With candles lighted in the darkened sanctuary of Emmanuel Church at last night, Atalante’s singers clothed in the style of Caravaggio assumed sung tableaux vivants in classical and Biblical laments from 17th-century Rome.
Atalante is directed by Erin Headley and named after the inventor of the lirone, an instrument specifically associated with the musical lament tradition. Lamentably, Headley took a tumble earlier in the week, as Stephen Stubbs announced before the concert, and was unable to perform this concert. David Morris filled in on viola da gamba so that this concert could go on. We all wish Headley well and hope she and her lirone return soon to offer us music from this lament tradition on its intended instrument.
The concert opened with Misereris omnium, Domine from Domenico Mazzocchi’s 1664 Sacrae concertationes. Nadine Balbeisi (soprano) and Theodora Baka (mezzo-soprano) gave a heartfelt reading of this plea for mercy, with the collaboration of a sensitive continuo ensemble (Siobhán Armstrong, triple harp; Elizabeth Kenny, chitarrone; David Morris, viola da gamba; Kristian Bezuidenhout, harpsichord). Armstrong and Bezuidenhout then gave an airing to Luigi Rossi’s instrumental Passacaglia dell’ Seigneur Louigi and perfectly captured the pacing of this music—slow, yet not overly so. I was struck by the tempo modulations in this lament and found myself wondering if that is a recurring trait of this musical tradition. Rossi’s Spars’il crine e lagrimosa (Lament of Zaïda) followed, sung with tenderness and anguish. Marazzoli’s Già celebrato havea la Regina di Caria (Lament of Artemisia) was a study in mourning from another time and while the narrative (and semi-staged presentation) might strike us as more akin to the works of Edward Gorey, the music remains carefully structured. The performance was mannered while retaining the depth of feeling of a lament. Marazzoli’s Cadute erano al fine (Lament of the aged Helen of Troy) saw both Balbeisi and Baka join together to perform this vanitas-cantata, one singing the role of the aged Helen while the other served as narrator; both combined to sing the final duet which delivers the music’s message about the ephemerality of youth and beauty.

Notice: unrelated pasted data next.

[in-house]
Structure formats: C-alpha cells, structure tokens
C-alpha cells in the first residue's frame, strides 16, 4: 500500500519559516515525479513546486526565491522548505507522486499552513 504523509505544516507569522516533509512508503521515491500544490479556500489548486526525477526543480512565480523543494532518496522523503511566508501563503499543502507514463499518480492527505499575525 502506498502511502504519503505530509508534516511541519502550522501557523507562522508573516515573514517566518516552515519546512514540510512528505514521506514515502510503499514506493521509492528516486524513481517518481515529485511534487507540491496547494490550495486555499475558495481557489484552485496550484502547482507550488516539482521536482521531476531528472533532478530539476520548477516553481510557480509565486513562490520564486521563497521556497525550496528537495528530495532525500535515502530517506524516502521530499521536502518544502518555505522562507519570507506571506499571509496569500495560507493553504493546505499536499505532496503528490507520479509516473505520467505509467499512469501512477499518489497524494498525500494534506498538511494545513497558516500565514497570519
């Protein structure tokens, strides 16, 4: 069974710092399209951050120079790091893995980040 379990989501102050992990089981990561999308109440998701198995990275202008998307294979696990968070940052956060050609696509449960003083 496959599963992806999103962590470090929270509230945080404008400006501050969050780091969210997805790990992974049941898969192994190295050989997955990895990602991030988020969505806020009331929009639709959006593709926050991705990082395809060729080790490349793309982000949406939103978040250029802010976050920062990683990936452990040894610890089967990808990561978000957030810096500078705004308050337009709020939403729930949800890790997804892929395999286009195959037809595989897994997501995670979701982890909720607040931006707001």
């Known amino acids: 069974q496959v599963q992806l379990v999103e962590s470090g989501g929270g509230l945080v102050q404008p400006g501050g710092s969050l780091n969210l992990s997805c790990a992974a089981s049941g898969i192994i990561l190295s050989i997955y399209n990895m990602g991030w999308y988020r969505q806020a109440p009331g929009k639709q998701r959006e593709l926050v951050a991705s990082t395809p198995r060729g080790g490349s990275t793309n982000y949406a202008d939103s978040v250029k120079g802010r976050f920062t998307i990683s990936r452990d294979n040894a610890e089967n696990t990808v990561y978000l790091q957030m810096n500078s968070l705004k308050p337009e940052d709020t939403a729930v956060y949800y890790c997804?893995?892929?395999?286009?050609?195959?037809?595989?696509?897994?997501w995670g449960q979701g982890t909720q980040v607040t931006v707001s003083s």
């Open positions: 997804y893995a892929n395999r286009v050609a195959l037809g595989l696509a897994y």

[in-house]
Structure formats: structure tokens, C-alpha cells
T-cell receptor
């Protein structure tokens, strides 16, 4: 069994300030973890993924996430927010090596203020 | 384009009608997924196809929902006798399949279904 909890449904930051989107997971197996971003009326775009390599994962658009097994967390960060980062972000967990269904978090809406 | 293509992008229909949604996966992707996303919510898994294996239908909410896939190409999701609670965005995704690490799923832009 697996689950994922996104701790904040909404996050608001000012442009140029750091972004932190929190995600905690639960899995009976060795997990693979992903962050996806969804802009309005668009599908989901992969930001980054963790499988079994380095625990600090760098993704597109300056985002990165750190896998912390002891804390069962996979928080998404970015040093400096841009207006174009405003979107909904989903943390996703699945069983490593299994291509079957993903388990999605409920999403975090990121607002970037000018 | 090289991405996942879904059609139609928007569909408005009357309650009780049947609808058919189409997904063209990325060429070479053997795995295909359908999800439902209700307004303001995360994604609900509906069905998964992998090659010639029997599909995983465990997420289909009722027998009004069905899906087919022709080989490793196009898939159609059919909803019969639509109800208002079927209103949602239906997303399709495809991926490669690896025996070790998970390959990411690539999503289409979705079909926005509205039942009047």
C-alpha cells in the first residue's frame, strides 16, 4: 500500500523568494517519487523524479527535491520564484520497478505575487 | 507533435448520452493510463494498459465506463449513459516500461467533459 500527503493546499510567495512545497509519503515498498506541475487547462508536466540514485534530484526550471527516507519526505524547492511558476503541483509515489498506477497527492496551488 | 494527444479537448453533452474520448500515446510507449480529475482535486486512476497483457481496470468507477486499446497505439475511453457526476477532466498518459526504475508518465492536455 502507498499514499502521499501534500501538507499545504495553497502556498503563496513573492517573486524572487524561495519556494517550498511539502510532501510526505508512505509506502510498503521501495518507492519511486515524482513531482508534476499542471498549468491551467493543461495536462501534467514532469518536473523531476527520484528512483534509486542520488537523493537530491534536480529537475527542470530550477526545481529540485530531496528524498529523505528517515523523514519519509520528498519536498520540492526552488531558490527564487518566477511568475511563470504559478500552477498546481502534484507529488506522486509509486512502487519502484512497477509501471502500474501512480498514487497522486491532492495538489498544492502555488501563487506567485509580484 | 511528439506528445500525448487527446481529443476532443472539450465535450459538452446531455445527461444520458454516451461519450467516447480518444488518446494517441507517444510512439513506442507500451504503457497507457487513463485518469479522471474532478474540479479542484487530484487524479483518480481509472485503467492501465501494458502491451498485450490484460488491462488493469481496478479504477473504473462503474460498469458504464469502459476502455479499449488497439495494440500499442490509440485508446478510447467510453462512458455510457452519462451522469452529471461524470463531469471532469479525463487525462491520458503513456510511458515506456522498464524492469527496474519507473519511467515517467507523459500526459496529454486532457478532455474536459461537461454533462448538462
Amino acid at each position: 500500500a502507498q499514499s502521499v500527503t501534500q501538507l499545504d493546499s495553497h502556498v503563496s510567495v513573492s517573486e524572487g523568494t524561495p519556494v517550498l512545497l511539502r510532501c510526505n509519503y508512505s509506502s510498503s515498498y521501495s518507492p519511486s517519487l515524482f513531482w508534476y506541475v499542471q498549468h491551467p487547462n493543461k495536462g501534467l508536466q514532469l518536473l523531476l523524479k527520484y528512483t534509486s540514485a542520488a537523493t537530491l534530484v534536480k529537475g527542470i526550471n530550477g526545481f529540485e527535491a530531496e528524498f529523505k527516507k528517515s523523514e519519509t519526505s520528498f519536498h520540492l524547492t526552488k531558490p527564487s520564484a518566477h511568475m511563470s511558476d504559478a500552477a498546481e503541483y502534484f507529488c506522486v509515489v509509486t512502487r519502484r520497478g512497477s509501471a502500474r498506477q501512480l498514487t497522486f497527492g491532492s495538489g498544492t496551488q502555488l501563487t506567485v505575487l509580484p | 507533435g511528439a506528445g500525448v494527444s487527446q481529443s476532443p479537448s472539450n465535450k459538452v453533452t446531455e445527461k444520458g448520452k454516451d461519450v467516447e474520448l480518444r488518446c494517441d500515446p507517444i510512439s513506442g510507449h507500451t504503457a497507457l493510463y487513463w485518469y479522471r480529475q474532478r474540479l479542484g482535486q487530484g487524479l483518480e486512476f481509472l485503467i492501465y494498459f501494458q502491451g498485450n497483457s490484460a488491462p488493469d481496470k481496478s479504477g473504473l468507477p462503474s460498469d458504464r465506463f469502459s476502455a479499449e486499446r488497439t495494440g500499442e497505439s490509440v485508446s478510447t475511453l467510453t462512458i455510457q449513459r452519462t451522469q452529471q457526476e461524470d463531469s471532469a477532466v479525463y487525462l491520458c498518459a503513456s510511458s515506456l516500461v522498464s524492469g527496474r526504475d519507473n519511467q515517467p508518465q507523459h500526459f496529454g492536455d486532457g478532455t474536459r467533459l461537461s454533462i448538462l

An instrumental interlude reset the program: Marc’Antonio Pasqualini’s Perchè dolce Bambino. The ensemble performed this in a style simultaneously playful and stately. Next, Rossi’s Pender non prima vide (Tears of Mary Magdalene) which presented both mannered restraint and passionate lament. The program concluded with Carissimi’s Plorate, filii Israel, a lament of Jephtha’s daughter which captured the pleasure in lamentation, or at least lamentation music. Throughout this program the credo of delectare et docere (to delight and to teach) shone through (well, as much as the sanctuary’s dimness allowed any literal shining to occur). This program seemingly took its title from the text of Carissimi’s lament; the Latinist in me really must wonder if the program should not have been entitled “in carmine doloris” as Carissimi’s text has it (which is more classical Latin than the given title), although the meaning is approximately the same—in a sad song. The only sad thing about this midnight concert was the absence of Headley and her lirone.